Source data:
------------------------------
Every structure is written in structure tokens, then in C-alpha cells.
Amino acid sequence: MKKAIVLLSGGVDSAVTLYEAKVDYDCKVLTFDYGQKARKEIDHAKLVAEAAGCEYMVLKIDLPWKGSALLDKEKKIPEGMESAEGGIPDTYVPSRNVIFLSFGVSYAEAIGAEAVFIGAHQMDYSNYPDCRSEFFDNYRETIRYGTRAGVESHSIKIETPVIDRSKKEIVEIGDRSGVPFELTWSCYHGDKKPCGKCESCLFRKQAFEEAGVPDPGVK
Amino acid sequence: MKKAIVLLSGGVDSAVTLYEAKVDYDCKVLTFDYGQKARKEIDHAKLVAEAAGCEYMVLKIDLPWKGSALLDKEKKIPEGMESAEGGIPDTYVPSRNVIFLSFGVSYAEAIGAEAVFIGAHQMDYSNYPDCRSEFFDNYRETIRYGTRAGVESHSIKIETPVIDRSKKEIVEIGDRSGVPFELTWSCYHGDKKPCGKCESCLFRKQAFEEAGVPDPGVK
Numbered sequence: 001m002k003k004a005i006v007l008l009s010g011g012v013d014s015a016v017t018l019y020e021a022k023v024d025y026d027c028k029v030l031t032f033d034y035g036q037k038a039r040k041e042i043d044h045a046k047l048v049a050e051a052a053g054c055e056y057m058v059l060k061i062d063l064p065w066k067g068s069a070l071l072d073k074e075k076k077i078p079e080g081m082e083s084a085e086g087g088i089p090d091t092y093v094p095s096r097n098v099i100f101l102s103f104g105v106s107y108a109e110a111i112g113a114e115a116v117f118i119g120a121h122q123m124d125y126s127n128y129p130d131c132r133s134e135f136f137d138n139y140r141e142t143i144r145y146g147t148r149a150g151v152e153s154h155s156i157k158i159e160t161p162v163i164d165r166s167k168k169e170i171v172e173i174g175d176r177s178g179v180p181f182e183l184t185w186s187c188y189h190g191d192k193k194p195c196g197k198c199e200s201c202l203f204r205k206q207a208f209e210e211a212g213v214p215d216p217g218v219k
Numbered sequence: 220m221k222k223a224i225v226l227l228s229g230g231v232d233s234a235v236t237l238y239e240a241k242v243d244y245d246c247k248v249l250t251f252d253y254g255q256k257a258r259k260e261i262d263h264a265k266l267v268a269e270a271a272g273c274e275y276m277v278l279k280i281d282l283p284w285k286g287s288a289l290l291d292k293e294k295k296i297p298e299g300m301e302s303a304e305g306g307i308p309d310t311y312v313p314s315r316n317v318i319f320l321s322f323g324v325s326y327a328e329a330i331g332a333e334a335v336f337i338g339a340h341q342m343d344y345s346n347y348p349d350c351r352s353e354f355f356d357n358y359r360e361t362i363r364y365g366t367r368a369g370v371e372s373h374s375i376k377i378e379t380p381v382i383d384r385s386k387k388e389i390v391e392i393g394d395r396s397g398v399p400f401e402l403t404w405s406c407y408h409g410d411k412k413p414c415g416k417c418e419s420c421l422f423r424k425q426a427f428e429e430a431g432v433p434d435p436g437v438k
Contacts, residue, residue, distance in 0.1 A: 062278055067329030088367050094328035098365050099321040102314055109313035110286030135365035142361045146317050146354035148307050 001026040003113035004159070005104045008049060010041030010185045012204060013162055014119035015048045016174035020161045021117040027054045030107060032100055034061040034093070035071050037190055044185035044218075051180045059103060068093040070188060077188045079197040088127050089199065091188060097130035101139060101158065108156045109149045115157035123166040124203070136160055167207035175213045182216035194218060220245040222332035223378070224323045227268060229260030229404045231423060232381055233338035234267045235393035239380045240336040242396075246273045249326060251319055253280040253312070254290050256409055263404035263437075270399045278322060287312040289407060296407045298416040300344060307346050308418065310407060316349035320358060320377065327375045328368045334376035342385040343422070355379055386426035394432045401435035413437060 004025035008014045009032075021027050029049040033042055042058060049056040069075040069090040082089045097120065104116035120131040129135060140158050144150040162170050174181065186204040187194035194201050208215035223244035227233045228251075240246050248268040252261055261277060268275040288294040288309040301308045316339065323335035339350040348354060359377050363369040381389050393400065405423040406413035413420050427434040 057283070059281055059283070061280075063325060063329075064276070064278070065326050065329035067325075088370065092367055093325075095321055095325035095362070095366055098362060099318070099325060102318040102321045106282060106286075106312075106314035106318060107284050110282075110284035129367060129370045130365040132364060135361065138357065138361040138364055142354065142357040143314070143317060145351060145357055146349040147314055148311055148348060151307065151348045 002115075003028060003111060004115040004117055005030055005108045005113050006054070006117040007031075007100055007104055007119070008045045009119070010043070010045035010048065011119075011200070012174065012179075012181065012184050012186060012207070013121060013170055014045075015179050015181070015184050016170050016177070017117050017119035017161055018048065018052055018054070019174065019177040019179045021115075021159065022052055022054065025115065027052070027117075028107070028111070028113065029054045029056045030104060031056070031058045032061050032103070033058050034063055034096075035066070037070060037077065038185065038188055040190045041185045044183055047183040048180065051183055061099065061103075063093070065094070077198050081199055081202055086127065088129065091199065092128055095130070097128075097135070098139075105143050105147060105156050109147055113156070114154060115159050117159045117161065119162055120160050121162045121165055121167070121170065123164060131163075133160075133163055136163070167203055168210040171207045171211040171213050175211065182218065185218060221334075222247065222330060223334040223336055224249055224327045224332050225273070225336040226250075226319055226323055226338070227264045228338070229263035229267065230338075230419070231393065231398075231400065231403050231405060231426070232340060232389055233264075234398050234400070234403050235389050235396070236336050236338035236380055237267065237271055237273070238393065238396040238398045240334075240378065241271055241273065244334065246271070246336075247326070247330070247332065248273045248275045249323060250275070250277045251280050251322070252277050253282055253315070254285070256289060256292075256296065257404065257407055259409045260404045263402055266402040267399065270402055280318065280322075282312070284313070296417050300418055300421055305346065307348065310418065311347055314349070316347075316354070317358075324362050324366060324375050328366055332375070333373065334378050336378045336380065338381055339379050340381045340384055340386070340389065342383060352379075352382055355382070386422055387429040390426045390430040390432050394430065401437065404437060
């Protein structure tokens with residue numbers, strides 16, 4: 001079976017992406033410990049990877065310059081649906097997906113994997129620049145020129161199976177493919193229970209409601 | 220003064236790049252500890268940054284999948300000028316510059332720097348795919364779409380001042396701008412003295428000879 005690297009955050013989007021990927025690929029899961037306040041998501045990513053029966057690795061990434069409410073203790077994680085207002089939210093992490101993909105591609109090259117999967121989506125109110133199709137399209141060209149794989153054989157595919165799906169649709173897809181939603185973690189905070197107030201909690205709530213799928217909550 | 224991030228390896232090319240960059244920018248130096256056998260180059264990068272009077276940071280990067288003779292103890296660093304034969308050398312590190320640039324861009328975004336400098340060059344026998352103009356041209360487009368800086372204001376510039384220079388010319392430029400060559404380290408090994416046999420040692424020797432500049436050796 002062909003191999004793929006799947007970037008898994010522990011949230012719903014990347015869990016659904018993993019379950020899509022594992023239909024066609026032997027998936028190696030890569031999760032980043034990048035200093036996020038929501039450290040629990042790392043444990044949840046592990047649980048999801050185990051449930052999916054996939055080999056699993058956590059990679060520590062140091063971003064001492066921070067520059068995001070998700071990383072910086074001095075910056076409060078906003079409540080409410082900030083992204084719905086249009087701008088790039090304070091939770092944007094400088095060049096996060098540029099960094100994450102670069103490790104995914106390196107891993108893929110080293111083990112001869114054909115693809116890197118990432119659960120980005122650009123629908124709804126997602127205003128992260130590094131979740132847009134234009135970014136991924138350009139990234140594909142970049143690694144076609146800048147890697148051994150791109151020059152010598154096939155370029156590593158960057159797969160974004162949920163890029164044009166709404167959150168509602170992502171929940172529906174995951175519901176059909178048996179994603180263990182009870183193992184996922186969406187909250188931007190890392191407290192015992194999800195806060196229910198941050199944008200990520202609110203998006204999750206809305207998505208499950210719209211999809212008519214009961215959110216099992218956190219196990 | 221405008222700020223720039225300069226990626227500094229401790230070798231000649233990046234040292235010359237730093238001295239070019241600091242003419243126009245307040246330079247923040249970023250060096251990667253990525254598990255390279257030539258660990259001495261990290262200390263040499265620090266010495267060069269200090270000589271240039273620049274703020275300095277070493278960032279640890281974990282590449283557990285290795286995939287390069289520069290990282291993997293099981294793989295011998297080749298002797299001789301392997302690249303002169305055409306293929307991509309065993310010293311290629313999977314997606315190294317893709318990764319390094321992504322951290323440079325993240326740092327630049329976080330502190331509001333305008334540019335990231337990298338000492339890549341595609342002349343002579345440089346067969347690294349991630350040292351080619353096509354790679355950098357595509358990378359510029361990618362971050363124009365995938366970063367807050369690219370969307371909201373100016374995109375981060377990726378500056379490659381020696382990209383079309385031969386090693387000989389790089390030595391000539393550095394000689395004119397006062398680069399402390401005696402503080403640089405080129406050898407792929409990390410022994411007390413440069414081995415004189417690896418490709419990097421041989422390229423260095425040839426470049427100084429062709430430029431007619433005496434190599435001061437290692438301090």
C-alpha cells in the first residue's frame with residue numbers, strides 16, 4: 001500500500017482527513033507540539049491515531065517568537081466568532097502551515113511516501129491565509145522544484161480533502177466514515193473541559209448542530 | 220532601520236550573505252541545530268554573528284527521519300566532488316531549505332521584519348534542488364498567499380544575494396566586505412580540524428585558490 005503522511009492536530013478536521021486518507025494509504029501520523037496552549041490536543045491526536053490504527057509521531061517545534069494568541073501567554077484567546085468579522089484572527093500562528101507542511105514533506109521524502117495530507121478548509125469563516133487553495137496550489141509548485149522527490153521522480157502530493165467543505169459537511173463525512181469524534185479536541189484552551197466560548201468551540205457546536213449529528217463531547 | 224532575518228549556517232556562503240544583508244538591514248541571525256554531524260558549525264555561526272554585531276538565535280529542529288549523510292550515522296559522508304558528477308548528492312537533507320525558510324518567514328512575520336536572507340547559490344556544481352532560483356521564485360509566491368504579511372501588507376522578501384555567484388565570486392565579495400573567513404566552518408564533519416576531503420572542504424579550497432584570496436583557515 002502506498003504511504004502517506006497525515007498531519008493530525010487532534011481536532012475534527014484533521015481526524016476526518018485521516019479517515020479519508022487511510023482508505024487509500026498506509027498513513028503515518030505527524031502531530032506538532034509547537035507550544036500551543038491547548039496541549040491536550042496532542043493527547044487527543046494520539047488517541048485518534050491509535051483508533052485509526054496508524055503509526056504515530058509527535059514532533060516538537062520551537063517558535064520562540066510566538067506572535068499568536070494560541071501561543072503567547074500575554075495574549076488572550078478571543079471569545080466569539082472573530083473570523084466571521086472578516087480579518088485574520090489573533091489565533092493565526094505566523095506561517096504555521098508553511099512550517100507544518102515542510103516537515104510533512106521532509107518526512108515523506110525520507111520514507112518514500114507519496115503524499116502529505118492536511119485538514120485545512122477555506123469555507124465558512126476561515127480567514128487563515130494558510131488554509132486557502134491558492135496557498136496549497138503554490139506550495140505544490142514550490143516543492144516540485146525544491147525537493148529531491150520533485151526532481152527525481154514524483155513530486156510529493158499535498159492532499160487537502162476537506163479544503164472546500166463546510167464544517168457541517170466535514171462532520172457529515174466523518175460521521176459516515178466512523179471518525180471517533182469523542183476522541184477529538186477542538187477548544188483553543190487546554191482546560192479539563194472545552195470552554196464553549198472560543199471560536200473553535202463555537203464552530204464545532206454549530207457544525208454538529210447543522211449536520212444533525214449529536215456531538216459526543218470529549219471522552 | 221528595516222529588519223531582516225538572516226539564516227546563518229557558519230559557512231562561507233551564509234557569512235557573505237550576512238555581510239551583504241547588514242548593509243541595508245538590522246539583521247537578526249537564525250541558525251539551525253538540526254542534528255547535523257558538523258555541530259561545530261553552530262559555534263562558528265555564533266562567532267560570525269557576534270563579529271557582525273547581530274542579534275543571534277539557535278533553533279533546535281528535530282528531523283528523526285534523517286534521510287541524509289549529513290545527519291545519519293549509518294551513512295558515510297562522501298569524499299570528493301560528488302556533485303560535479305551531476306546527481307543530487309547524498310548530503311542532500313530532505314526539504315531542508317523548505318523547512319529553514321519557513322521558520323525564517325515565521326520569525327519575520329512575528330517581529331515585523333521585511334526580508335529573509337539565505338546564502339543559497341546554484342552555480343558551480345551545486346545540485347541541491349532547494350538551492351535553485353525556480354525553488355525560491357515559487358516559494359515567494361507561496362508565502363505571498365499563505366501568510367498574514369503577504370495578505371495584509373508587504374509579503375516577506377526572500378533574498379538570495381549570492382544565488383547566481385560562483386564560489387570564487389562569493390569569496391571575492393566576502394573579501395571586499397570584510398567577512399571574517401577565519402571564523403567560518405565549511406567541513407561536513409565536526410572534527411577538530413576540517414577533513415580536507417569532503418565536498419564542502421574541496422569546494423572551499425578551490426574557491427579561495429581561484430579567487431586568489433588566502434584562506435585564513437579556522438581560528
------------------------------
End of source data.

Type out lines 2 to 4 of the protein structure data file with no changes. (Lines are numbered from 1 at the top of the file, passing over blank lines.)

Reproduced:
Amino acid sequence: MKKAIVLLSGGVDSAVTLYEAKVDYDCKVLTFDYGQKARKEIDHAKLVAEAAGCEYMVLKIDLPWKGSALLDKEKKIPEGMESAEGGIPDTYVPSRNVIFLSFGVSYAEAIGAEAVFIGAHQMDYSNYPDCRSEFFDNYRETIRYGTRAGVESHSIKIETPVIDRSKKEIVEIGDRSGVPFELTWSCYHGDKKPCGKCESCLFRKQAFEEAGVPDPGVK
Amino acid sequence: MKKAIVLLSGGVDSAVTLYEAKVDYDCKVLTFDYGQKARKEIDHAKLVAEAAGCEYMVLKIDLPWKGSALLDKEKKIPEGMESAEGGIPDTYVPSRNVIFLSFGVSYAEAIGAEAVFIGAHQMDYSNYPDCRSEFFDNYRETIRYGTRAGVESHSIKIETPVIDRSKKEIVEIGDRSGVPFELTWSCYHGDKKPCGKCESCLFRKQAFEEAGVPDPGVK
Numbered sequence: 001m002k003k004a005i006v007l008l009s010g011g012v013d014s015a016v017t018l019y020e021a022k023v024d025y026d027c028k029v030l031t032f033d034y035g036q037k038a039r040k041e042i043d044h045a046k047l048v049a050e051a052a053g054c055e056y057m058v059l060k061i062d063l064p065w066k067g068s069a070l071l072d073k074e075k076k077i078p079e080g081m082e083s084a085e086g087g088i089p090d091t092y093v094p095s096r097n098v099i100f101l102s103f104g105v106s107y108a109e110a111i112g113a114e115a116v117f118i119g120a121h122q123m124d125y126s127n128y129p130d131c132r133s134e135f136f137d138n139y140r141e142t143i144r145y146g147t148r149a150g151v152e153s154h155s156i157k158i159e160t161p162v163i164d165r166s167k168k169e170i171v172e173i174g175d176r177s178g179v180p181f182e183l184t185w186s187c188y189h190g191d192k193k194p195c196g197k198c199e200s201c202l203f204r205k206q207a208f209e210e211a212g213v214p215d216p217g218v219k